Methods

We have been studying vitiligo and vitiligoid lesions concurrently at our institute for 4 years, beginning from 2003. A total number of 266 new cases of vitiligo and 74 new cases of LS were seen by the end of 2006. In all cases, biopsies were routinely taken and histological features were correlated with the clinical features. LS was diagnosed and classified based on histopathological features as early evolving, fully developed and late lesions. [15] Vitiligo was diagnosed after histological exclusion of postinflammatory depigmentation due to other diseases. Wherever coexistence of the two diseases was suspected, biopsies were taken from representative areas of both the lesions. Hematoxylin- and eosin-stained multiple sections were examined. Special stains were not considered essential for diagnosis [1] and as such were not employed.

Results

Of the 74 LS cases, nongenital skin was exclusively involved in 17 and oral/genital involvement was seen in 57. In the latter group, a good correlation between clinical and histological features was seen in 42 cases.

Vitiligoid LS: The remaining 15 cases were diagnosed as vitiligoid LS as these were clinically suspected to be vitiligo and the diagnosis of LS was made only after histological review. Lesions were considered as ′early evolving′ in ten, ′fully developed′ in three and two were ′late resolved′ lesions [Figure - 1],[Figure - 2],[Figure - 3],[Figure - 4]. Exclusive oral involvement (essentially limited to lips) was seen in six patients, genital involvement in six and both oral and genital involvement was seen in three patients. In the last group, similar clinical and histopathogical features were observed in both areas.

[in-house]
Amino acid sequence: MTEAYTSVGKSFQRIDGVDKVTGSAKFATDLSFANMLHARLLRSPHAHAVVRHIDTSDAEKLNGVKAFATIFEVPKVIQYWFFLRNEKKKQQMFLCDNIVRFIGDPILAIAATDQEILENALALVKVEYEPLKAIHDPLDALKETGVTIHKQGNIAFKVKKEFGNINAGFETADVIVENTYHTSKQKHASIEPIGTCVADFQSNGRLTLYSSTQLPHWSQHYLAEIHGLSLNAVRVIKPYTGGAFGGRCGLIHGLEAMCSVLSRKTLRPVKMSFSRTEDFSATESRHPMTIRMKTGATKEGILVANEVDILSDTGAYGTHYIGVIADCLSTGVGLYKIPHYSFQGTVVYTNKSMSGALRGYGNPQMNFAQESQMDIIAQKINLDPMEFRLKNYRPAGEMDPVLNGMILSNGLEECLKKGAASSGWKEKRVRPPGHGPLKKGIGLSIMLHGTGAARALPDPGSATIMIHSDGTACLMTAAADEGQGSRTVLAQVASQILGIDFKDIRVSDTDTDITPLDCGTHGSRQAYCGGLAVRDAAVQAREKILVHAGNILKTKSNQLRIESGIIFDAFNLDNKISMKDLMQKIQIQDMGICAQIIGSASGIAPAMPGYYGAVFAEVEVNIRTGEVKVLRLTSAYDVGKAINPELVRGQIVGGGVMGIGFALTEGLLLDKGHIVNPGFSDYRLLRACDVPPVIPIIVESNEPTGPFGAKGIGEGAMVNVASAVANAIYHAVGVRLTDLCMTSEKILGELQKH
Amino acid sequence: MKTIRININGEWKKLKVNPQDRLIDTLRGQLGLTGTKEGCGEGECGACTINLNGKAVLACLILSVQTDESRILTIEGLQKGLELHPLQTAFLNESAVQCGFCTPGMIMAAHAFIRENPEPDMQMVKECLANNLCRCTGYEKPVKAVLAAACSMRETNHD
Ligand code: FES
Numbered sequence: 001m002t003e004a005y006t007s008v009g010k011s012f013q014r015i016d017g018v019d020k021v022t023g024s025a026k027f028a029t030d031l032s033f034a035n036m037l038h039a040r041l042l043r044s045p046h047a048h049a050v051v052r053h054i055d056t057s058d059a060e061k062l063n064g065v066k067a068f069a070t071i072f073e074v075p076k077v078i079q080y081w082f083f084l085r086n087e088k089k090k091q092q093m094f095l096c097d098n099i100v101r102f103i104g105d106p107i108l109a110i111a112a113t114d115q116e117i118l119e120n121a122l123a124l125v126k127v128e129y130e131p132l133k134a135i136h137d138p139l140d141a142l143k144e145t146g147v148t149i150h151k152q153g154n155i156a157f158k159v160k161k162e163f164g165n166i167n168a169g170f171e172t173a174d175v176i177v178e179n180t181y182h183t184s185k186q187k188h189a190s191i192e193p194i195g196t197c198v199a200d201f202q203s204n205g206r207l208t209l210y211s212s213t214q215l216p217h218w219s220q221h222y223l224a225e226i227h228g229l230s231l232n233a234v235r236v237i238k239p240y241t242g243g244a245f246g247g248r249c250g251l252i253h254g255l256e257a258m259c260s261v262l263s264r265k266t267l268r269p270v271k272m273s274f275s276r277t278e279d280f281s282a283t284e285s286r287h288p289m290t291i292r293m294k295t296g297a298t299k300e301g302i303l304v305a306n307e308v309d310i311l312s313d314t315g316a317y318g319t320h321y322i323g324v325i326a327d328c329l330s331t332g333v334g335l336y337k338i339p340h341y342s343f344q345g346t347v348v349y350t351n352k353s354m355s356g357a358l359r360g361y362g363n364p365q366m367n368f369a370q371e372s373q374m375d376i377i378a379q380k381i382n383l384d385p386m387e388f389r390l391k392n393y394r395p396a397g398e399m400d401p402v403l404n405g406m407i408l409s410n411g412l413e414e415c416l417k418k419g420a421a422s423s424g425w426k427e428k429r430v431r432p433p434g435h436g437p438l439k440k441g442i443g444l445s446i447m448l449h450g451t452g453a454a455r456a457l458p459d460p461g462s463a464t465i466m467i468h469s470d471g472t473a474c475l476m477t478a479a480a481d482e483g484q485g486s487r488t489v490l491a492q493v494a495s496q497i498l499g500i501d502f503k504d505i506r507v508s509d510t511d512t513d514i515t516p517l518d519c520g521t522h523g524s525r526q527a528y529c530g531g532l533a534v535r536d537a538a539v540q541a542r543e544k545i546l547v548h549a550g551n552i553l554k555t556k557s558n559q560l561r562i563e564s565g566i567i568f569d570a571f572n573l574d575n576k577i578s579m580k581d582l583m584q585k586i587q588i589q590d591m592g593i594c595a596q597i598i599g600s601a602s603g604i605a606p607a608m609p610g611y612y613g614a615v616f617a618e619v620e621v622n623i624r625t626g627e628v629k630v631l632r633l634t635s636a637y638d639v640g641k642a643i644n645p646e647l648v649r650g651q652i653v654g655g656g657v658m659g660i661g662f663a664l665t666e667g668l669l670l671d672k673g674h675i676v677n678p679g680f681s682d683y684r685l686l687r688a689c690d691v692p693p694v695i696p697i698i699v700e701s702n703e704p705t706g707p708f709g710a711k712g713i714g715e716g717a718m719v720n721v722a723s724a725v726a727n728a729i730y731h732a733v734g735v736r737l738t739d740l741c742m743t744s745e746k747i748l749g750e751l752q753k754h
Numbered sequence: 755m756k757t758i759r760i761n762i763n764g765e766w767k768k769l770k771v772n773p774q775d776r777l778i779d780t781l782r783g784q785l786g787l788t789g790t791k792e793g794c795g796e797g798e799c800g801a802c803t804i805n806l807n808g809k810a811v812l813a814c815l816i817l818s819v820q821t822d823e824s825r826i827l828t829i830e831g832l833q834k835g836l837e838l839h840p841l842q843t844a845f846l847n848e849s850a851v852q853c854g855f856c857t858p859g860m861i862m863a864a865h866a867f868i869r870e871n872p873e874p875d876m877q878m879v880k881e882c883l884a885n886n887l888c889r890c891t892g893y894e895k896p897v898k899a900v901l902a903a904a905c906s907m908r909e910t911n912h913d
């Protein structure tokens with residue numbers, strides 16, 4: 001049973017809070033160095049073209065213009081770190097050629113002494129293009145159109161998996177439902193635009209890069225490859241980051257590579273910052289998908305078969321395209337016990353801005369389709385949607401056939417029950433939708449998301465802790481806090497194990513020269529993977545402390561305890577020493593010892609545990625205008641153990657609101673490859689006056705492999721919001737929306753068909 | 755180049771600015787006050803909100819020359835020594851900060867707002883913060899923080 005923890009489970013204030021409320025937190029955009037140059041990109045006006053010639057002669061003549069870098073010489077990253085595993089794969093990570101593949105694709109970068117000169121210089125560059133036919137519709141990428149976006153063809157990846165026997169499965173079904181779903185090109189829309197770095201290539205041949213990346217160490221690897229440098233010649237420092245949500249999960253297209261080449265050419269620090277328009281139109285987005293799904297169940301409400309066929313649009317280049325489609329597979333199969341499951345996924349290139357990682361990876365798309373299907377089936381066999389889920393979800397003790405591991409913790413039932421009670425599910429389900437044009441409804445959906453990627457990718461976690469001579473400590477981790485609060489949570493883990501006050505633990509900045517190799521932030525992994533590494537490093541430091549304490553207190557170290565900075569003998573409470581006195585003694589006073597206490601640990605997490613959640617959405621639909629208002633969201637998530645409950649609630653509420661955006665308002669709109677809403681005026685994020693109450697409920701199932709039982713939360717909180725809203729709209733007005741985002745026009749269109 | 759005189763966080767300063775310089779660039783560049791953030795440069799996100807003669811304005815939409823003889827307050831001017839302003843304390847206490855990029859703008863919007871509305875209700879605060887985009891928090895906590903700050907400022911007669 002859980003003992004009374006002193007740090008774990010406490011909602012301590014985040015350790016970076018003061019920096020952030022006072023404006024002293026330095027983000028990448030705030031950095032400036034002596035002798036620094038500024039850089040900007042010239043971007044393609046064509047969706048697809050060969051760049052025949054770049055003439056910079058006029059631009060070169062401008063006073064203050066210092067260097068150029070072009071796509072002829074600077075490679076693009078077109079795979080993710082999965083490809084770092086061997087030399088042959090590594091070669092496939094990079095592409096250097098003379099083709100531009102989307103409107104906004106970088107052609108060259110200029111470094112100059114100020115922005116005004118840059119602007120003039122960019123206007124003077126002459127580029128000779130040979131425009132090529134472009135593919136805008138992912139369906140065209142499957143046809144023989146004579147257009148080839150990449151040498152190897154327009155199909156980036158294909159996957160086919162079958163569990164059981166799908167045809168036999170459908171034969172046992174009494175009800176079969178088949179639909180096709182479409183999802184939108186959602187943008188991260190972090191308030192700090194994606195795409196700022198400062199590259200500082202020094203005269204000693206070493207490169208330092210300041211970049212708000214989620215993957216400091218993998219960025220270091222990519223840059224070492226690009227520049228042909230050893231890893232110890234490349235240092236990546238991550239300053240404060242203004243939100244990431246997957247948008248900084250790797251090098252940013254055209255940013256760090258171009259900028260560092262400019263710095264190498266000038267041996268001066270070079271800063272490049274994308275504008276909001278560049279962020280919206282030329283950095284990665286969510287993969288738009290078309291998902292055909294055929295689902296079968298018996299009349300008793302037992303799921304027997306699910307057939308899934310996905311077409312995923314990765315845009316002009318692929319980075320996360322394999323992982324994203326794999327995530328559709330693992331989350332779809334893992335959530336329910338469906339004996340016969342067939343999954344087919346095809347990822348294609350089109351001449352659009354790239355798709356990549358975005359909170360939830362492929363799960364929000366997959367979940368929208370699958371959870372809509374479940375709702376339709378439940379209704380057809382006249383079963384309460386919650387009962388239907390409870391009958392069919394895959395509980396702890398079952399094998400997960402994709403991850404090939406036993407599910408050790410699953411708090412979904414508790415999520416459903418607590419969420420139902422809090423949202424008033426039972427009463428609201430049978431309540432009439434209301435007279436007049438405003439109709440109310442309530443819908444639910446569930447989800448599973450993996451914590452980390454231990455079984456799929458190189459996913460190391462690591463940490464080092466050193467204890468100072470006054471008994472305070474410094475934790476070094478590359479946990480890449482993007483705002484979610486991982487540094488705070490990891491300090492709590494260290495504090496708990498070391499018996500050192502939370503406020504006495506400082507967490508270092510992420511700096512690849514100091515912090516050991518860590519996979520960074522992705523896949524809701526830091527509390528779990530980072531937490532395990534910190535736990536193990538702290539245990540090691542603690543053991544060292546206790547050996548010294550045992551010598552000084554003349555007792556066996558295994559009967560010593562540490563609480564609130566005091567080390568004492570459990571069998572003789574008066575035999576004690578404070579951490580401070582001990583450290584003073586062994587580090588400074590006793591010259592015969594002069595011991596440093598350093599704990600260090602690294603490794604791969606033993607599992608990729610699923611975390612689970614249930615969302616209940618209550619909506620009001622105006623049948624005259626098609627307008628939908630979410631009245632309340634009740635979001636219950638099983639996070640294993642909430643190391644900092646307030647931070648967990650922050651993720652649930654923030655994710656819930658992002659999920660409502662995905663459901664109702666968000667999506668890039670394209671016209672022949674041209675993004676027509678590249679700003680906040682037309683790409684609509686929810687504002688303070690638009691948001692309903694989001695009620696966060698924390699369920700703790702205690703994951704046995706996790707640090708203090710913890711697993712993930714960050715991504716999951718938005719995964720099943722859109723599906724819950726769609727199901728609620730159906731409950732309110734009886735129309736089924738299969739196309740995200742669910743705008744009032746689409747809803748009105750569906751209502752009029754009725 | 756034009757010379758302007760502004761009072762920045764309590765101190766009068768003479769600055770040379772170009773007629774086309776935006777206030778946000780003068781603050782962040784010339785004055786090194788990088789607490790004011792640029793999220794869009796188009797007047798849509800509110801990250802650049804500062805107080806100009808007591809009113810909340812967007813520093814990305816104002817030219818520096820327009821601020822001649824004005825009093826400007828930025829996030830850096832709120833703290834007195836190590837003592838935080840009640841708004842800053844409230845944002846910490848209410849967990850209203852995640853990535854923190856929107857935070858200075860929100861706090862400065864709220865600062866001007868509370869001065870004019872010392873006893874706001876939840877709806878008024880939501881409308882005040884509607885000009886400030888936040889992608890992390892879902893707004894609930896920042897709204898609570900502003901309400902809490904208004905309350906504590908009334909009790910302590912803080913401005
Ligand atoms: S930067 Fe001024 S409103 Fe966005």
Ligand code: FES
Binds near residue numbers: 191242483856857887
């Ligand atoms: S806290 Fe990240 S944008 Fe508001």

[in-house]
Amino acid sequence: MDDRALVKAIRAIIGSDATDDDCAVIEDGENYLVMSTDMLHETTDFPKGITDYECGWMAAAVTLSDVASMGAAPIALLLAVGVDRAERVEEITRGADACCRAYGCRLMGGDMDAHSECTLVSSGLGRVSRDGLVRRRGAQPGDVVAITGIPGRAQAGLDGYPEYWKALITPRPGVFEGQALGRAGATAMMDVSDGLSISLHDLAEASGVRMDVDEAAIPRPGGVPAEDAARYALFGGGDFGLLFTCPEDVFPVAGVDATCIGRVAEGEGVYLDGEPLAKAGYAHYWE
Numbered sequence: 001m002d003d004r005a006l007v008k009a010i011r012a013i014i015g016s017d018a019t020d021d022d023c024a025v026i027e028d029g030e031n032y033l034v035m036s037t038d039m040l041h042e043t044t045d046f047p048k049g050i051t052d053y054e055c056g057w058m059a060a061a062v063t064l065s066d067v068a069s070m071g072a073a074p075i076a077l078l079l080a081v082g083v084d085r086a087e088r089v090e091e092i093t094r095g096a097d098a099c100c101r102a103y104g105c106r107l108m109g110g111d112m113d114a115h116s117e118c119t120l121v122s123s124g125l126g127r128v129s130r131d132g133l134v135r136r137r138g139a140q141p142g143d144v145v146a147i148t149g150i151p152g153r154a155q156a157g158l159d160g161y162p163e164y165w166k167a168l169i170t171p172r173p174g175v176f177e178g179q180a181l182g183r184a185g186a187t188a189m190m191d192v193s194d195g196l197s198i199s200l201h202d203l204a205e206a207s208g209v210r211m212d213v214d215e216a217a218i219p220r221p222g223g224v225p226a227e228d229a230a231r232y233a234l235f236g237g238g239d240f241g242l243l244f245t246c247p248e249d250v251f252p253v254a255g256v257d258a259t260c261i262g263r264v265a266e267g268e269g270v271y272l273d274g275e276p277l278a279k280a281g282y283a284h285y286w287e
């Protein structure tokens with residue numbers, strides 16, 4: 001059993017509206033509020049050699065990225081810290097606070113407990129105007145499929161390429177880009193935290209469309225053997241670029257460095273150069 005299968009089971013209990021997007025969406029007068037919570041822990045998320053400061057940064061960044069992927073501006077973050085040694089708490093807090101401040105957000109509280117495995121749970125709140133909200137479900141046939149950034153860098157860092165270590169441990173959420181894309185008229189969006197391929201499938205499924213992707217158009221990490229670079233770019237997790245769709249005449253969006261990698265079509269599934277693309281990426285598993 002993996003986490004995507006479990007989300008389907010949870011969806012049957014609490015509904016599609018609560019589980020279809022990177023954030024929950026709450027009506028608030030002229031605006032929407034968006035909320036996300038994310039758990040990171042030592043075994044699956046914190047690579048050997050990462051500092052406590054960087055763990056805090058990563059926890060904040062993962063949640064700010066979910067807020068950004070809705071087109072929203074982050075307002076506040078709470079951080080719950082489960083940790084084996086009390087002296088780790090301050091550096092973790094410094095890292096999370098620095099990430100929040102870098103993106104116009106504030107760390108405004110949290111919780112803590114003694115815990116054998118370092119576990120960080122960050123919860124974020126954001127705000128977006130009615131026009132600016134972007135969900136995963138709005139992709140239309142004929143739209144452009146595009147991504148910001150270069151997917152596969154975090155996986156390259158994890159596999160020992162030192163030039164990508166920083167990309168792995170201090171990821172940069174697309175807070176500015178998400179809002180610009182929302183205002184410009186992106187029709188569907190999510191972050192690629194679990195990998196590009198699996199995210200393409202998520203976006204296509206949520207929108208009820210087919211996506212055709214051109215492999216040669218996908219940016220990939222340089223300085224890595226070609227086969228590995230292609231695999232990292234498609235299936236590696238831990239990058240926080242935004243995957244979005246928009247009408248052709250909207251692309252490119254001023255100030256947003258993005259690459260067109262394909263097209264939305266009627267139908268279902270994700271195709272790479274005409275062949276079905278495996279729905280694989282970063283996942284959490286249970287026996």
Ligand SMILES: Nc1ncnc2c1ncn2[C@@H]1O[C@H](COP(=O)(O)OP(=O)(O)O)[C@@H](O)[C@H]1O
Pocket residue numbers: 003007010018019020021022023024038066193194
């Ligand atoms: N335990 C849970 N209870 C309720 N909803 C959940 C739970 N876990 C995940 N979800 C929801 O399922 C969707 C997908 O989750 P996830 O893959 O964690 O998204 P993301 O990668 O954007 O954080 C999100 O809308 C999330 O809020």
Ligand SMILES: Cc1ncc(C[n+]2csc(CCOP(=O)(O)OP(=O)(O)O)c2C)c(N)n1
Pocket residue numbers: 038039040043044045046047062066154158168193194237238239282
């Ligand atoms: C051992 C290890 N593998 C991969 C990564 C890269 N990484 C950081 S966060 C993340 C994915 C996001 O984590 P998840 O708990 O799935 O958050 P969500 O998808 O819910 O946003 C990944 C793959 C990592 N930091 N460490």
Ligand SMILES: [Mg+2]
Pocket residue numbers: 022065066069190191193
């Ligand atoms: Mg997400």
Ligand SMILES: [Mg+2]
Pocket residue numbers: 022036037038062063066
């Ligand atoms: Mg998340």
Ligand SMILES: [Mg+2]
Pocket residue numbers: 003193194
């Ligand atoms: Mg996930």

Among 74 LS cases, three had vitiligoid patches in association with genital LS lesions. Histological features in all the three vitiligoid lesions were indicative of LS. One of these patients had several vitiligoid patches along with a typical LS plaque lesion in the groin which also had a large spreading vitiligoid margin. A biopsy from this marginal area revealed diffuse lichenoid interface dermatitis consistent with a diagnosis of early LS [Figure - 2].